A new sensation. Digital audio players like those from Astell&Kern, Sony and – to a lesser extent when used in balanced mode – Pono all come with the disadvantage that they don’t have enough go juice to do proper justice to some of the more difficult-to-drive headphones on the market: I’m looking at you Sennheiser HD800 and you Beyerdynamic T1. Even headphones with more agreeable impedances and sensitivities won’t sound as good as when fed by a wall-powered, desktop headphone amplifier.
Then there’s the issue of carrying around a secondary device just for music. It isn’t what most people want to deal with. Your average Joe has his music collections sitting on his phone. For him, another device is one too many.
Finally, there’s streaming. Only the Sony NWZ-ZX1/2 can tap Tidal or Spotify out of the box. Chalk another one up for smartphones being the playback device of choice for our friend Joe.
The problem? The sound coming out of your smartphone kinda sucks. A cheap-as-chips internal D/A converter and headphone output has music sounding lacklustre and washed out. As good as it is, even the iPhone lacks tonal colour, detail and weight when compared to the likes of the PonoPlayer (reviewed here) or AK120 II (reviewed here).
The CEntrance HiFi-M8 and, more recently, the slimmer Mini-M8 have been available for some time now. Both M8s work as outboard DAC and headphone amplifier to which your smartphone only supplies the digital signal.
The downsides are bulk and the extraneous cable loop that connects phone to M8. And as a colleague said to me just the other day, “There has to be a more elegant way of attaching a DAC/amplifier to a smartphone than using a pair of elastic bands?”.
Enter the CEntrance Skÿn (pronounced “Skin”). It’s an iPhone case that will protect your phone, charge its battery and make it sound a heck of a lot better. Keen observers will recall that we saw their iPhone5-only prototype from CEntrance at last year’s CanJam (covered here) and the side-branded Glove A1 (reviewed here) does a sound job of improving sonic satisfaction from first generation Astell&Kern units (reviewed here and here).
The Skÿn has been successfully running as a crowd-funding campaign on Indiegogo for some time – it reached its target goal in the first 24 hours.
CEntrance will be manufacturing Skÿn versions to suit the iPhone 5, iPhone 5S, iPhone 6, iPhone 6 Plus and iPod Touch 5th Generation now on the table. Some Samsung models will also be covered but you’ll need to contact CEntrance for specifics on those.
Given the ubiquity of crowd-funding in the hi-fi sector I’ve become increasingly leery of covering campaigns that front with only CAD drawings and promises. It’s all too easy for manufacturers to force backers to endure endless delays and apologies. Having bumped into CEO Michael Goodman’s CEntrance stand at CES 2015 I can confirm that this product is 100% real.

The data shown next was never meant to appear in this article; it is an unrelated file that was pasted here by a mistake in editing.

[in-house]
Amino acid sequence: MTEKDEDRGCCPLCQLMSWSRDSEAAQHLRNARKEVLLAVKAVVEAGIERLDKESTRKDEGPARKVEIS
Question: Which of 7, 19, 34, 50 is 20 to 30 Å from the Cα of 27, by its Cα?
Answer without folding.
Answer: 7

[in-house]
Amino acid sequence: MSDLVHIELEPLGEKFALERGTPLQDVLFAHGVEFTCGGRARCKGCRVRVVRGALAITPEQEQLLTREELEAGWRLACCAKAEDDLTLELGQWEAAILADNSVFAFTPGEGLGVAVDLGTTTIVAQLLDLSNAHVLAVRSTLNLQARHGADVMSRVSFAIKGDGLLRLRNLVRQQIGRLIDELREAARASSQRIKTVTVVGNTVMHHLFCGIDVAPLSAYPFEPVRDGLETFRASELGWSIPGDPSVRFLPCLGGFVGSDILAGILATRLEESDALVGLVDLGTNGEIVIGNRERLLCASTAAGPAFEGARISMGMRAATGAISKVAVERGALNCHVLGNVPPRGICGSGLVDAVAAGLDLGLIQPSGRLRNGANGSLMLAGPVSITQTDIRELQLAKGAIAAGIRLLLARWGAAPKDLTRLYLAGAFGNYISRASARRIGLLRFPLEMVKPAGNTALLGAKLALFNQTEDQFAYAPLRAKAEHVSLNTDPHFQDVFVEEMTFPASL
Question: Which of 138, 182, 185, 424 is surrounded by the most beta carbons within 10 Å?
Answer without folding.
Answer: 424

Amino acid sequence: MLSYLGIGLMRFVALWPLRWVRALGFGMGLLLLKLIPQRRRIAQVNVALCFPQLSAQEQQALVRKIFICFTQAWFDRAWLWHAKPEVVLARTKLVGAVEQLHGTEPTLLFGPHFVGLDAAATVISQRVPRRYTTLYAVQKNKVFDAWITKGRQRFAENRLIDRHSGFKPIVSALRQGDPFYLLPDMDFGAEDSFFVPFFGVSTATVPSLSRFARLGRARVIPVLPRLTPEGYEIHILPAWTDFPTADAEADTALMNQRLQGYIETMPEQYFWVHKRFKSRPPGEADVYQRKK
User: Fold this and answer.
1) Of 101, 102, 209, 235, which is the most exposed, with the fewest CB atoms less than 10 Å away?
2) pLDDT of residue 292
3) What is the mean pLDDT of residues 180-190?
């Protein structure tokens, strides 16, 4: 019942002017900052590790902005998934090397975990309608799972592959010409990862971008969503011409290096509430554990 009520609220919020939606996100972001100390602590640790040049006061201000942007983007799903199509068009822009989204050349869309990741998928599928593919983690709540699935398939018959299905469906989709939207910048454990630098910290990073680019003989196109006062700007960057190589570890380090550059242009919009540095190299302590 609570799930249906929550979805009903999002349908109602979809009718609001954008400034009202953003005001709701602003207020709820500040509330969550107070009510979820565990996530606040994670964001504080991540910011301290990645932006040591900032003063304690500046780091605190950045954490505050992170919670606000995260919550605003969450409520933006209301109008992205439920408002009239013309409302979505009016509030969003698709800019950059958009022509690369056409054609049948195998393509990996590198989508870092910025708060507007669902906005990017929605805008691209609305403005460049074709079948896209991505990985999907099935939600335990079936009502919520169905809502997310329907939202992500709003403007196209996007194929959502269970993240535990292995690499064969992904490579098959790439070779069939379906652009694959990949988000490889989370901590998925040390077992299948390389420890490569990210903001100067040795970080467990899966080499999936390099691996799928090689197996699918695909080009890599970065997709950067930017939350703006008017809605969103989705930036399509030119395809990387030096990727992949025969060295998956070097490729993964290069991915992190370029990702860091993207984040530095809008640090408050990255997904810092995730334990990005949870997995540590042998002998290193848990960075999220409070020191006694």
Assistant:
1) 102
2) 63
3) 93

The Skÿn reportedly contains the same DAC design as found in CEntrance’s DacMiniCX and its amplification stage has been borrowed from the Mini-M8. That itself promises sufficient power for your favourite cans, even the aforementioned T1 and HD800.
Goodman is now offering a ‘stretch goal’ if the total dollars raised clicks past the US$65K marker, at which time the Skÿn will have its amplifier upgraded to that of the original HiFi-M8, lifting output power from 1.4V to 5V.
At time of writing the campaign is at US$54K with 23 days left to run so I’d say the amplifier upgrade is highly likely, especially when you consider the Skÿn is still available for US$199 (half of its store-bound RRP).
The implications here are significant. No more rubber bands, no more OTG or CCK. But take a picture of this: the iPod Touch 5G sells for US$199. Snap it into a Skÿn case and you have yourself a DAP that’ll seriously challenge the Astell&Kern for the same outlay as a PonoPlayer: US$400.
Not only that – and this is the REAL kicker for this reviewer – but an iPod Touch/Skÿn combo will see you right with Spotify, Pandora and Tidal lossless listening. CEntrance have partnered with the latter to offer “4 months for the price of 1” as a campaign perk.
Listeners keen on hi-res audio will need to install an app like Onkyo’s HF Player; the Skÿn’s internal DAC will decode up to 24bit/192kHz PCM and DSD streams.
The only compromise that I can see is that a Skÿn’d iPod/iPhone will measure quite a bit longer than an Apple device running solo. It might not be suitable for all pockets. The Skÿn measures 172 mm x 64 mm x 20 mm and will reportedly run for 10 hours between charges.
The CEntrance Skÿn is available in a range of colours (TBC).
Oh – for those wondering about the name (as I did): this isn’t Goodman’s oddball sense of humour at play. Skÿn is a Scandinavian word for “sensation”.
Further information: Skÿn on Indiegogo | CEntrance